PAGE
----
To do this, they build what we call ‘high-purpose environments’, filled with small, vivid signals designed to create a link between the present moment and a future ideal. They provide the two simple locators that every navigation process requires: ‘Here is where we are’ and ‘Here is where we want to go’.

That shared future could be a goal or behaviour. It can be found within everyday moments, where people can sense the message: “This is why we work; this is what we are aiming for.”

Building purpose is not as simple as carving a mission statement in granite; it’s a never-ending process of trying, failing, reflecting, and above all, learning.

Successful cultures use a crisis to crystallise their purpose. Leaders of such groups reflect on those failures and express gratitude for those moments, as painful as they were, because they helped the group discover what it could be.

Leading in a High-Purpose Environment

If you want to grow, you have to name your priorities first.

Also name the keystone behaviours that support these priorities, using catchphrases that link the two; they work as heuristics that provide guidance by creating if/then scenarios in a vivid, memorable way.

For example, the New Zealand All-Blacks rugby team talk about “leaving the jersey in a better place,” and saying, “If you’re not growing anywhere, you’re not going anywhere,” “Pressure is a privilege,” “It’s an honor, not a job,” and “Better people make better All-Blacks.”

5 Ideas for Action

1. Name and Rank Your Priorities

Most successful groups end up with a small handful of priorities (five or fewer), and many, not coincidentally, end up placing their in-group relationships – how they treat one another – at the top of the list.

This reflects the truth that many successful groups realise: their greatest project is building and sustaining the group itself.

2. Be Ten Times as Clear About Your Priorities as You Think You Should Be

Leaders are inherently biased to presume that everyone in the group sees things as they do, when in fact they don’t. This is why it’s necessary to drastically overcommunicate priorities.

3. Figure Out Where Your Group Aims for Proficiency and Where It Aims for Creativity

Every group skill can be sorted into one of two basic types: skills of proficiency and skills of creativity.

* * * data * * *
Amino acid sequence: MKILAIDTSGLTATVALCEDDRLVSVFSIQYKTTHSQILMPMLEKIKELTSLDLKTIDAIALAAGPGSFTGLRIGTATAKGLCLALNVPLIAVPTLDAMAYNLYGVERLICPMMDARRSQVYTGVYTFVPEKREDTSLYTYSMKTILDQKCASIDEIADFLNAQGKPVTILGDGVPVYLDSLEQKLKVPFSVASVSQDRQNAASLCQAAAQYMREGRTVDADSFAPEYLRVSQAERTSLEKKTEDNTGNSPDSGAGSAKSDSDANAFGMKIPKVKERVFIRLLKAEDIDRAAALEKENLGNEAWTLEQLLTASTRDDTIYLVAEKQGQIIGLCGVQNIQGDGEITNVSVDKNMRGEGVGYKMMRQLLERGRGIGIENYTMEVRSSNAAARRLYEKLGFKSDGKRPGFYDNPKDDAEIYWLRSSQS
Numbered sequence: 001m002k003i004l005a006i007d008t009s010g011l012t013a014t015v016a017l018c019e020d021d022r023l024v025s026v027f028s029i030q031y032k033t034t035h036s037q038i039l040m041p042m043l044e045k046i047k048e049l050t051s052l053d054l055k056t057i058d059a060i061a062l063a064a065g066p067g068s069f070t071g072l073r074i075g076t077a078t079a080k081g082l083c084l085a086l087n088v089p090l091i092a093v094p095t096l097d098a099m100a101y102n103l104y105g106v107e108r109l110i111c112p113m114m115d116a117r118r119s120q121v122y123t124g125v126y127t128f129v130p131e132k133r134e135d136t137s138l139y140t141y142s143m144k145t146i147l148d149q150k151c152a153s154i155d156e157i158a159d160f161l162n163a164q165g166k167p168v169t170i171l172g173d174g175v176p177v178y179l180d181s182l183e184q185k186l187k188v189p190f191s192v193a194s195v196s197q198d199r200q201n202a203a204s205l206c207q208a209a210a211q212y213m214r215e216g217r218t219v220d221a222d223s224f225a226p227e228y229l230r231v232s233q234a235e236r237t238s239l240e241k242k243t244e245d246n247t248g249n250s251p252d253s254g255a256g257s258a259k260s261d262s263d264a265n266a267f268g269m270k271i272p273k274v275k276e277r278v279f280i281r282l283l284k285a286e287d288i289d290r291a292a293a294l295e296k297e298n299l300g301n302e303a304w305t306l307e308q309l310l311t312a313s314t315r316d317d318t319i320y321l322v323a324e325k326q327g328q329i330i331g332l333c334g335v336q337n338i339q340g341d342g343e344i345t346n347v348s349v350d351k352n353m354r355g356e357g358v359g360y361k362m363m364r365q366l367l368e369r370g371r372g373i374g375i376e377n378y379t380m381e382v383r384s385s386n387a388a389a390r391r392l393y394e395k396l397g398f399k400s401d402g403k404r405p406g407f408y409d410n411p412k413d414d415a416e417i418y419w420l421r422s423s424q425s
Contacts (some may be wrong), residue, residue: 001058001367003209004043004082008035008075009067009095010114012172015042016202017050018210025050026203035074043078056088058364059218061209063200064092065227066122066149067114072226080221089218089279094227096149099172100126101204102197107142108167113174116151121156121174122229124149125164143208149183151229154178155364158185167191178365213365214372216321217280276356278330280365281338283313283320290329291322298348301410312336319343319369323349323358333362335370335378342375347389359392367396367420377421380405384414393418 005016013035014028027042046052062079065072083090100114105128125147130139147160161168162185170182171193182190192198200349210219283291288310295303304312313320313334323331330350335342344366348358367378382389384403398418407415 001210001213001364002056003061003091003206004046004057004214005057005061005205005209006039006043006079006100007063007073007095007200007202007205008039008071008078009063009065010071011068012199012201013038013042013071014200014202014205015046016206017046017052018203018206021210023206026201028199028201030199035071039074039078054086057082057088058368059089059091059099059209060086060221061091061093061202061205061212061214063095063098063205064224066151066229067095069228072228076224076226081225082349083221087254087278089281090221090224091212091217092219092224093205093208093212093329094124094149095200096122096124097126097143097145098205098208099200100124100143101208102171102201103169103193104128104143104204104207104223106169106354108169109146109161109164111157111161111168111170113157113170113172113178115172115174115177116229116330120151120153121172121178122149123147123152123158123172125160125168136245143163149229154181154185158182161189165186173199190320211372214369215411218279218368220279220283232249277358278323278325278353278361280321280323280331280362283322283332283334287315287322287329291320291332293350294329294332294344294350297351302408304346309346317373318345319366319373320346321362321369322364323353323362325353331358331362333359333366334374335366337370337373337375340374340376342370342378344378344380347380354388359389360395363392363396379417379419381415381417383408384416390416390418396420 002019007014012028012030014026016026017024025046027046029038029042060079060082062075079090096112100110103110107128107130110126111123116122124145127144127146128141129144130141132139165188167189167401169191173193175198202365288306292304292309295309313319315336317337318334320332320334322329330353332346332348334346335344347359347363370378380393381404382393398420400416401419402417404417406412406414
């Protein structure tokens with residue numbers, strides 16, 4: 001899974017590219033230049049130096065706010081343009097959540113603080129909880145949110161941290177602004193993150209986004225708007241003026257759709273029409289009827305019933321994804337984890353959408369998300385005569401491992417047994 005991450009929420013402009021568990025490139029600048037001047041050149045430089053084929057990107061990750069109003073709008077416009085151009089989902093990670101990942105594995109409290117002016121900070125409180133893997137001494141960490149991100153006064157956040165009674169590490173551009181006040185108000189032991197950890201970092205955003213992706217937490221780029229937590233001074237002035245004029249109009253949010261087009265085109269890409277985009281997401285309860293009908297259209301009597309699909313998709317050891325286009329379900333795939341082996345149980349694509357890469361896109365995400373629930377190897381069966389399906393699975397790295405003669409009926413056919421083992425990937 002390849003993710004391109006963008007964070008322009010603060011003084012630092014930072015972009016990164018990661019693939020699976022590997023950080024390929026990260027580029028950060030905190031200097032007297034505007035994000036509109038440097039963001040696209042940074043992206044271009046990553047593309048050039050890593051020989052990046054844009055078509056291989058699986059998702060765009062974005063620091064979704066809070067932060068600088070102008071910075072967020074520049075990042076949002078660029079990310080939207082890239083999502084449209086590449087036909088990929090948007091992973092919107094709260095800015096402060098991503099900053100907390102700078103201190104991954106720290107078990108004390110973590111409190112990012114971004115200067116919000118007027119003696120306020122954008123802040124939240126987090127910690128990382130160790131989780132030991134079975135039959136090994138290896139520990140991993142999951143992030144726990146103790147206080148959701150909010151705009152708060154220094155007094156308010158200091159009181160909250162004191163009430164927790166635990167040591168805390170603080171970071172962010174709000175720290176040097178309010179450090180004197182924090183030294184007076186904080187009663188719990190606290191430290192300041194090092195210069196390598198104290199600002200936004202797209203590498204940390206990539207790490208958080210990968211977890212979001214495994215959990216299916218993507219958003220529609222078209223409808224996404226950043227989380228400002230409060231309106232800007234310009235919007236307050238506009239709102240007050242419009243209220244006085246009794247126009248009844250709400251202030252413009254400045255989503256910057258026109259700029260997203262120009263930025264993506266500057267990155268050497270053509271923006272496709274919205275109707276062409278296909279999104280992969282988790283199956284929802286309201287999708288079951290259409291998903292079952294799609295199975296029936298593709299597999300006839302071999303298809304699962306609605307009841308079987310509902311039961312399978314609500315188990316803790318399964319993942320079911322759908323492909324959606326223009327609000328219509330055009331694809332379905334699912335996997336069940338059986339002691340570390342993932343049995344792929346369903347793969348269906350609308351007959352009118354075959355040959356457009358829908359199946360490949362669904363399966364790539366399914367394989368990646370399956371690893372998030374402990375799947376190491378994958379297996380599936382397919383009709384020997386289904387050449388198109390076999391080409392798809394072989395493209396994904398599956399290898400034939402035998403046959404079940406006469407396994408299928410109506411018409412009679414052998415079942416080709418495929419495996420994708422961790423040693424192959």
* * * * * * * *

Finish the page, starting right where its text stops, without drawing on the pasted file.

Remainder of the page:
Skills of proficiency are about doing a task the same way, every single time, with machine-like reliability. Spotlight the goal and provide crystal-clear directions to the checkpoints along the way. Ways to do that include:

  • Provide high-repetition, high-feedback training.
  • Build vivid, memorable rules of thumb (if X, then Y).
  • Spotlight and honour the fundamentals of the skill.

Creative skills are about empowering a group to do the hard work of building something that has never existed before. Provide support, fuel, and tools and serve as a protective presence that empowers the team doing the work. Some ways to do that include:

  • Define, reinforce, and relentlessly protect the team’s creative autonomy.
  • Make it safe to fail and to give feedback.
  • Celebrate hugely when the group takes initiative.

4. Embrace the Use of Catchphrases

Keep them simple, action-oriented, and forthright. Make them a part of everyday conversation:

  • “Create fun and a little weirdness” (Zappos)
  • “Talk less, do more” (IDEO)
  • “Leave the jersey in a better place” (New Zealand All-Blacks)
  • “Create raves for guests” (Danny Meyer’s restaurants)

5. Measure What Really Matters

Finally, don’t forget: create simple universal measures that place focus on what matters.

CONCLUSION

Key takeaways

  • Groups succeed because their members primarily communicate a powerful idea: we are safe and connected.
  • Then, they translate connection & safety into trusting cooperation through vulnerability: a shared exchange of openness.
  • Finally, they create purpose with simple beacons that focus attention and engagement on the shared goal.
  • Highly successful groups build belonging and create leaders among leaders by providing candid feedback and vulnerable truth-telling.
  • High-purpose environments use vivid catchphrases that connect keystone behaviours (present) with the main priorities (future).

Further reading

Leaders Eat Last by Simon Sinek is a fantastic read all about how leaders can create organizations and cultures that allow workers to go home at the end of the day feeling fulfilled by the work that they do. By creating an environment built on trust, teams will pull together, again and again, to help their tribe not just survive, but flourish.

Dare to Lead by Brené Brown is the bible for courage-building in the workspace. Leaders and teams alike face serious problems showing up vulnerable at work; instead, they sabotage themselves, killing innovation and creativity. This book is about owning your fears, choosing courage over comfort and whole hearts over armour, and building an organisational culture based on bravery & vulnerability.

Guidelines is my eBook that summarises the main lessons from 33 of the best-selling self-help books in one place. It is the ultimate book summary; Available as a 80-page ebook and 115-minute audio book. Guidelines lists 31 rules (or guidelines) that you should follow to improve your productivity, become a better leader, do better in business, improve your health, succeed in life and become a happier person.

Action steps

  1. Take the author’s quiz to gauge the strength of your culture.
  2. Find more actionable tips on belonging, cooperation, and purpose.
  3. Start putting in practice the actionable ideas at the end of each chapter and build a thriving culture in your project or company.
  4. Download the complete book on Amazon.

This summary is not intended as a replacement for the original book and all quotes are credited to the above mentioned author and publisher.